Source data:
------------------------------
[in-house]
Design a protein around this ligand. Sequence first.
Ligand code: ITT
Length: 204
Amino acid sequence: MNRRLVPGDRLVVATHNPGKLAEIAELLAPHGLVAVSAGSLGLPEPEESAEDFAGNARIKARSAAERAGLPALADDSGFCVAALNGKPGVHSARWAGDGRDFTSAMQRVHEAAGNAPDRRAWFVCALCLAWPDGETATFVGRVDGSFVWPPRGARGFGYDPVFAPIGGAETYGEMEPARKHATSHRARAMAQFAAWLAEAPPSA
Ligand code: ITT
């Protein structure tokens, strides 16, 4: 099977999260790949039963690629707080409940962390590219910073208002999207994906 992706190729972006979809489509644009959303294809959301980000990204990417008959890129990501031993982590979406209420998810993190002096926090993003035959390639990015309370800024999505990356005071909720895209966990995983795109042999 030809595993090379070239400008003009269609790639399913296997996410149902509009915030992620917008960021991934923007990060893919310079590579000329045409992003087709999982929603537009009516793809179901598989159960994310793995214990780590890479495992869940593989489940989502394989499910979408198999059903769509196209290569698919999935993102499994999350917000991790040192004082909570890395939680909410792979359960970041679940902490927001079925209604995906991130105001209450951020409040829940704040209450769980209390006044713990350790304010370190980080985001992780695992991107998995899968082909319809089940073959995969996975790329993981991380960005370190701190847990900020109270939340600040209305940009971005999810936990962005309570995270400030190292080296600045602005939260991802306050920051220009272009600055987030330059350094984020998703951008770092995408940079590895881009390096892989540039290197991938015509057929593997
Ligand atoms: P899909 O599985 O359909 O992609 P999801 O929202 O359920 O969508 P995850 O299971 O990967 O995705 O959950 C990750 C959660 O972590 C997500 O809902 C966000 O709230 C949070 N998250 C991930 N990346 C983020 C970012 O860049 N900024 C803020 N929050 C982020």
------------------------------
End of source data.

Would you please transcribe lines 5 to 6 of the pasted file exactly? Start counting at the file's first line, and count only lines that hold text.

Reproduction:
Amino acid sequence: MNRRLVPGDRLVVATHNPGKLAEIAELLAPHGLVAVSAGSLGLPEPEESAEDFAGNARIKARSAAERAGLPALADDSGFCVAALNGKPGVHSARWAGDGRDFTSAMQRVHEAAGNAPDRRAWFVCALCLAWPDGETATFVGRVDGSFVWPPRGARGFGYDPVFAPIGGAETYGEMEPARKHATSHRARAMAQFAAWLAEAPPSA
Ligand code: ITT